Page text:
Certain New Zealand companies, particularly those importing live seafood, enjoy superior “green channels” at Ports such as Pudong Airport that can enable same-day Customs and CIQ clearance so that this premium produce is well delivered into the food service sector.

Using the new Pilot Free Trade Zones

Commencing in September 2013 Shanghai officially launched the first new “pilot free trade zone” and these have since been rolled out in several other cities including Tianjin and Shenzhen.Simplified import procedures are a feature of these new zones.

During 2014 and 2015 Shanghai Customs released 31 new policies to facilitate trade.  Companies have reported that the new Customs policies delivering the most significant supply-chain gains are as follows:

•    29%   Enter first, declare later
•    21%   Consolidated duty / VAT payment
•    20%   Streamlined HS Classification services
•    19%   Administrative ruling on tariff classification
•    10%   Classified supervision based on the goods status
•    0%     Other

During 2014 and 2015 Shanghai CIQ released 30 new policies to facilitate trade.  Similarly, companies report that the new CIQ policies delivering the most significant supply-chain gains are as follows:

•    32%   Quick inspection and quick release
•    21%   One-stop declaration and inspection
•    18%   Pre-inspection of improted goods
•    14%   CIQ private laboratory testing
•    9%     Negative List / Classificted Management
•    6%     Other

CIQ continue to talk about expanding the scope of third-party laboratory testing to wider categories of product, including food and beverage.  Private sector companies are at the same time exploring the possibility of performing third-party testing in New Zealand against the applicable China standards.  This development if implemented comprehensively would deliver significant gains for certain New Zealand companies.

Loss of Free Trade Agreement (FTA) benefits

The majority of trade by HS Code now enjoys a 0% tariff upon entry into China subject to qualification per the Rules of Origin.  Customs’ reserves the right to challenge the legitimacy of an FTA claim as lodged by the Importer.  Checks typically take place upon arrival and declaration of the imported goods and they are made by the in-charge Port Customs.  Importers can still expect to encounter the following practical challenges when using the FTA:


On a positive note, the New Zealand Customs Service and China Customs have agreed to launch a new Joint Electronic Verification (JEV) system to streamline and accelerate customs clearance procedures. Under the new Joint Electronic Verification System initiative, exporters will need to enter their unique Certificate of Origin reference number on their electronic export documents, which will then be matched to the electronic data shared between the two agencies.  This development, once fully implemented, would make trade easier for New Zealand exporters.  New Zealand will be the first country to have a JES system with China and the program should be launched in late 2016.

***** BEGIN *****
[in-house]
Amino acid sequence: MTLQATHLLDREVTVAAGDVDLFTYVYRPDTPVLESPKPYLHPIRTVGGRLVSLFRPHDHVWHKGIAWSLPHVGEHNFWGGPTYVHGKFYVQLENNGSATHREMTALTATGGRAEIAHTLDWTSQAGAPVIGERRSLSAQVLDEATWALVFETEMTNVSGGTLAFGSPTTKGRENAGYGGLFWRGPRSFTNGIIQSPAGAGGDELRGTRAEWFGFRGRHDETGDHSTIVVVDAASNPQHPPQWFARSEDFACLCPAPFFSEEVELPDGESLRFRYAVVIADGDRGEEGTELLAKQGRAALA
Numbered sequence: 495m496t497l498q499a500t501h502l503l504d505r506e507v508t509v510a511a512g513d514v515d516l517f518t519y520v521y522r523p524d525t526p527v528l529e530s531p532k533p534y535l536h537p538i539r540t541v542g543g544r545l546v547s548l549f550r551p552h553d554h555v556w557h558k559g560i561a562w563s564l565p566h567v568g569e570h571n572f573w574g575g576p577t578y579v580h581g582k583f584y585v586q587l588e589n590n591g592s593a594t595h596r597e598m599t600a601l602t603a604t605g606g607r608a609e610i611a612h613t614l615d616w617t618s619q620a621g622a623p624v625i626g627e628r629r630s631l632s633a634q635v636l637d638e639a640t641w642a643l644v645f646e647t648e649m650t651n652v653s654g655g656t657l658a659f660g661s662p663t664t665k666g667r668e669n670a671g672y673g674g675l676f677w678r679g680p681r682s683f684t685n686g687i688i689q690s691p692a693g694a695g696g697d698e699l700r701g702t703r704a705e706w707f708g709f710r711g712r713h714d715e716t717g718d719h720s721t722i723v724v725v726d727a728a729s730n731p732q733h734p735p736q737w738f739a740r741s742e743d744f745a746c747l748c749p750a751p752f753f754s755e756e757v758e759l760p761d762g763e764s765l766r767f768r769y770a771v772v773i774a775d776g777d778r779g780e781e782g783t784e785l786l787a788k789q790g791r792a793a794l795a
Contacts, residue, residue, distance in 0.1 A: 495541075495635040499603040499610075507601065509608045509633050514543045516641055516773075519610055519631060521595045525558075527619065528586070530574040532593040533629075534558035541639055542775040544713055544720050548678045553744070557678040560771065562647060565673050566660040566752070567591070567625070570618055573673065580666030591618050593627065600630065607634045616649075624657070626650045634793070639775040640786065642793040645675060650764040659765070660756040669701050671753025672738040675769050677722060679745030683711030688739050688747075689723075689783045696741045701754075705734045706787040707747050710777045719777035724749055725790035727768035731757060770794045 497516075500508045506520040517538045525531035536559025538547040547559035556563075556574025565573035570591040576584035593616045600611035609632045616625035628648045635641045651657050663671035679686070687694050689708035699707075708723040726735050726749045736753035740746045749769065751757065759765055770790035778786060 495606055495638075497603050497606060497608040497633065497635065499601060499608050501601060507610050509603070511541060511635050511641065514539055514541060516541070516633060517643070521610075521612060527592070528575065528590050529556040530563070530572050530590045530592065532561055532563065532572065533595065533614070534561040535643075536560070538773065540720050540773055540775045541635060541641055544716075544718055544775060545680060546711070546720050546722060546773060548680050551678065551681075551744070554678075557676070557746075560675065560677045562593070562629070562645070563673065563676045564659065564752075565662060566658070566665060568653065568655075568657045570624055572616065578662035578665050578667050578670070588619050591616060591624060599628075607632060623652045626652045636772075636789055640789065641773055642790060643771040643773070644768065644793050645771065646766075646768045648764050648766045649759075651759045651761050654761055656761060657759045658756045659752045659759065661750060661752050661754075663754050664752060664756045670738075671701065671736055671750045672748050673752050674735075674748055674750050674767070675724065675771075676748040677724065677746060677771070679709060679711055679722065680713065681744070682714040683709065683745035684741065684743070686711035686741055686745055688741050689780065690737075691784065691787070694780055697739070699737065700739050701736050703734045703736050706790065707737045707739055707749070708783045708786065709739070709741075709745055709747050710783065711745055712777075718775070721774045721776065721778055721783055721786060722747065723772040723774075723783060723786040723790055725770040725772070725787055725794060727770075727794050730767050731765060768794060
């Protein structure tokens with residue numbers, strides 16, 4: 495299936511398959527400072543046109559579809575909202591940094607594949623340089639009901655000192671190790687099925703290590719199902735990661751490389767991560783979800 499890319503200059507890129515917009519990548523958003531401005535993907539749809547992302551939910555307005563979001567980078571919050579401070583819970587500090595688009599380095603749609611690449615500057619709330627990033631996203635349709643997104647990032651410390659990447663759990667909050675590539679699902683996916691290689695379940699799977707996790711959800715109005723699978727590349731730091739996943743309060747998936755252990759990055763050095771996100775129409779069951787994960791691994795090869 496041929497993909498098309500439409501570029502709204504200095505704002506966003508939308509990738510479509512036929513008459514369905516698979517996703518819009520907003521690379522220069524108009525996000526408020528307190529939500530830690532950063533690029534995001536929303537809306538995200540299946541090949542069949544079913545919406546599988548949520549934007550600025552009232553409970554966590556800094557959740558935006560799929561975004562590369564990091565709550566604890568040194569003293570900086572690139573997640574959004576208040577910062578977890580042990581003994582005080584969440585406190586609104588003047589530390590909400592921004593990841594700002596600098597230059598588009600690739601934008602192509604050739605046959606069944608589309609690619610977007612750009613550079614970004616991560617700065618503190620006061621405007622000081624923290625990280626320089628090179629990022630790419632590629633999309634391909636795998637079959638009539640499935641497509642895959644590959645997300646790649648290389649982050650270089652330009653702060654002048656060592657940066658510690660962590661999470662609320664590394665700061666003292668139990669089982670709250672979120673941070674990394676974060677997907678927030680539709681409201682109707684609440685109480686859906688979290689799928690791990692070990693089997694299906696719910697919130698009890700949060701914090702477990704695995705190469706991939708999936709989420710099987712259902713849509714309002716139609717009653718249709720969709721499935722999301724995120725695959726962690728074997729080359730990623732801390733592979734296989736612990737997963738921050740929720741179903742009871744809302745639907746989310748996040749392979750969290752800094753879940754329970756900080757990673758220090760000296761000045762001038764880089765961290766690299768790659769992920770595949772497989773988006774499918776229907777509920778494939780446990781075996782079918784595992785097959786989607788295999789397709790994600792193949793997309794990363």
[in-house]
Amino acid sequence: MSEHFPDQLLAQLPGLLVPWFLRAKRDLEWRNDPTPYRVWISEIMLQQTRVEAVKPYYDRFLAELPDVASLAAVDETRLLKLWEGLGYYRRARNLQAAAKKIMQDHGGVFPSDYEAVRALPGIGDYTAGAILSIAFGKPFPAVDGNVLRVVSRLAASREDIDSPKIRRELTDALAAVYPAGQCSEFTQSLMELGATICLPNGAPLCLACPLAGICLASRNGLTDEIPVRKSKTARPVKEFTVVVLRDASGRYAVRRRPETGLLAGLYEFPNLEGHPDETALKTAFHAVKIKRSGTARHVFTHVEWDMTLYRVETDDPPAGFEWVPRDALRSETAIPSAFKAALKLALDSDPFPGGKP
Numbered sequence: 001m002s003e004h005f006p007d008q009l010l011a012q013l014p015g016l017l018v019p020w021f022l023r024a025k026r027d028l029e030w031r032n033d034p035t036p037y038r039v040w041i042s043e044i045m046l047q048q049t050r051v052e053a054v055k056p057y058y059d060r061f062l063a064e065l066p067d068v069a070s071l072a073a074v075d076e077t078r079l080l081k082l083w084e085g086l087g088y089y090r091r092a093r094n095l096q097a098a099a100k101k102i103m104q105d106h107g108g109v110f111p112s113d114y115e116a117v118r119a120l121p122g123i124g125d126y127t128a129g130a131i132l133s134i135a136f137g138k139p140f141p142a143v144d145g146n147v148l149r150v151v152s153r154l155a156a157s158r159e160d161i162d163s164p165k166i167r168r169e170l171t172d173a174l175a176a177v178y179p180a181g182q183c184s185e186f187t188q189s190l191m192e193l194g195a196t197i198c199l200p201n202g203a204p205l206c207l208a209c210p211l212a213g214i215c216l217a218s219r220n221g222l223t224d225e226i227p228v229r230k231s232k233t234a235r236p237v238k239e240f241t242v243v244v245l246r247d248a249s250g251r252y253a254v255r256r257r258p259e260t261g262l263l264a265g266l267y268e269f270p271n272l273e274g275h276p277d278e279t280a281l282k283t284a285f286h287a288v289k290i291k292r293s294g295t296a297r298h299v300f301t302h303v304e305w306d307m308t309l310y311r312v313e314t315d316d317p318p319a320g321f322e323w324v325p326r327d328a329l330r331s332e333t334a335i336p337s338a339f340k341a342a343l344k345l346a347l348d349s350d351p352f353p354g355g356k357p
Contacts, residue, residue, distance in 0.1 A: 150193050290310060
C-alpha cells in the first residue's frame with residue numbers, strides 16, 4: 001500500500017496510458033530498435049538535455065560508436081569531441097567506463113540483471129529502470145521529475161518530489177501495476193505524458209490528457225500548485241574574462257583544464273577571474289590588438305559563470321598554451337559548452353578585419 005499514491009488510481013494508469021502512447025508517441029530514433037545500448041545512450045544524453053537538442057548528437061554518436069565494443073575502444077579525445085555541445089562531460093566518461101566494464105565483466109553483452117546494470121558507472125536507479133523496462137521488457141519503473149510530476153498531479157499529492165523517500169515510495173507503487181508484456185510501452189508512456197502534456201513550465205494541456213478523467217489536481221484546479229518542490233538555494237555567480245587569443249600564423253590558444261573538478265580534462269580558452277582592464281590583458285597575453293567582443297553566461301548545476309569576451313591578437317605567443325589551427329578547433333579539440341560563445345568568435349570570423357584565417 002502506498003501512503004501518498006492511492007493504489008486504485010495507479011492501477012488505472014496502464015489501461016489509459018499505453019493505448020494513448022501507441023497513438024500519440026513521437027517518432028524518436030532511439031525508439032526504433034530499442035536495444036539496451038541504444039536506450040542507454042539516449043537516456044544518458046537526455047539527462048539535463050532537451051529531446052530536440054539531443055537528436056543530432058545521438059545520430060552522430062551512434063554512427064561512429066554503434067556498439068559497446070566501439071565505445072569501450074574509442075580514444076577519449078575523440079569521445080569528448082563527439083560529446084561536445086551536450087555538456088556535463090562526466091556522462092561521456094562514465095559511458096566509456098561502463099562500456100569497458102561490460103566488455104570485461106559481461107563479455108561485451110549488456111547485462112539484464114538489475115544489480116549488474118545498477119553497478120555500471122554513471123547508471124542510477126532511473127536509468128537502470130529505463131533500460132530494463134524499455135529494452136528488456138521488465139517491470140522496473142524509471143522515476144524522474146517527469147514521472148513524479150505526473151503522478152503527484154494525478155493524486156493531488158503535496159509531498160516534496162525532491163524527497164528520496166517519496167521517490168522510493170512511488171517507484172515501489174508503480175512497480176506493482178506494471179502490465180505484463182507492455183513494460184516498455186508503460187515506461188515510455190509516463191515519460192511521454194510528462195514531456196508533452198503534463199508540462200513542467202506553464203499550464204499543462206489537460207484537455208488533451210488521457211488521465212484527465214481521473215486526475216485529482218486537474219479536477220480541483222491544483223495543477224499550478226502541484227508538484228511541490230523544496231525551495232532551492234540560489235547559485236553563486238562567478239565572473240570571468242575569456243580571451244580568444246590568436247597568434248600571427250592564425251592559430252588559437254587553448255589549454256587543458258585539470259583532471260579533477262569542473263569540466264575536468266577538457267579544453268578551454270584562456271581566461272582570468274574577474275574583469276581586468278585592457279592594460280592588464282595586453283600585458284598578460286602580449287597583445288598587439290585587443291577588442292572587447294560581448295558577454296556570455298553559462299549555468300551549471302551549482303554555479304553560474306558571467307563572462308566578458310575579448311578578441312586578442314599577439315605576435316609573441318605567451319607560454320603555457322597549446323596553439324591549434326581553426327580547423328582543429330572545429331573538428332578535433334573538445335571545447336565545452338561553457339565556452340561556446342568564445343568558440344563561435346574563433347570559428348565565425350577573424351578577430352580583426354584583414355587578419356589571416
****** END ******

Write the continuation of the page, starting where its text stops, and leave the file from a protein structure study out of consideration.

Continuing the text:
Resolution of issues

When Importers are challenged by Customs most of the checks are focused on the declared invoice value and the HS Code (tariff classification).  Customs are well versed on certain industry invoicing practices and grey channel imports. Approximately thirty-eight percent of cases initiated by Customs resulted in additional duties being assessed.  Additional financial penalty was only applied in fourteen percent of the cases.  Most audits take 3 – 6 months to resolve.  In order to resolve issues or to proactively make improvements the following action was taken:



Customs and CIQ will continue to deploy simplified import procedures and to facilitate international trade.  However, changing National Standards (GB) as published by AQSIQ and inconsistency in local port practices will remain a challenge in the short to medium term.  Future challenges include implementation of the Food Safety Law that may require the original product packaging to contain the national standards in Chinese.  A typical New Zealand to China end-to-end shipping process still requires approximately 20 documents.  Exporters that are diligent in documentation accuracy and invest in relationships with Customs and CIQ at the port of entry can position themselves to enjoy a streamlined clearance process.

Damon Paling, Trade Commissioner – Shanghai, New Zealand Trade & Enterprise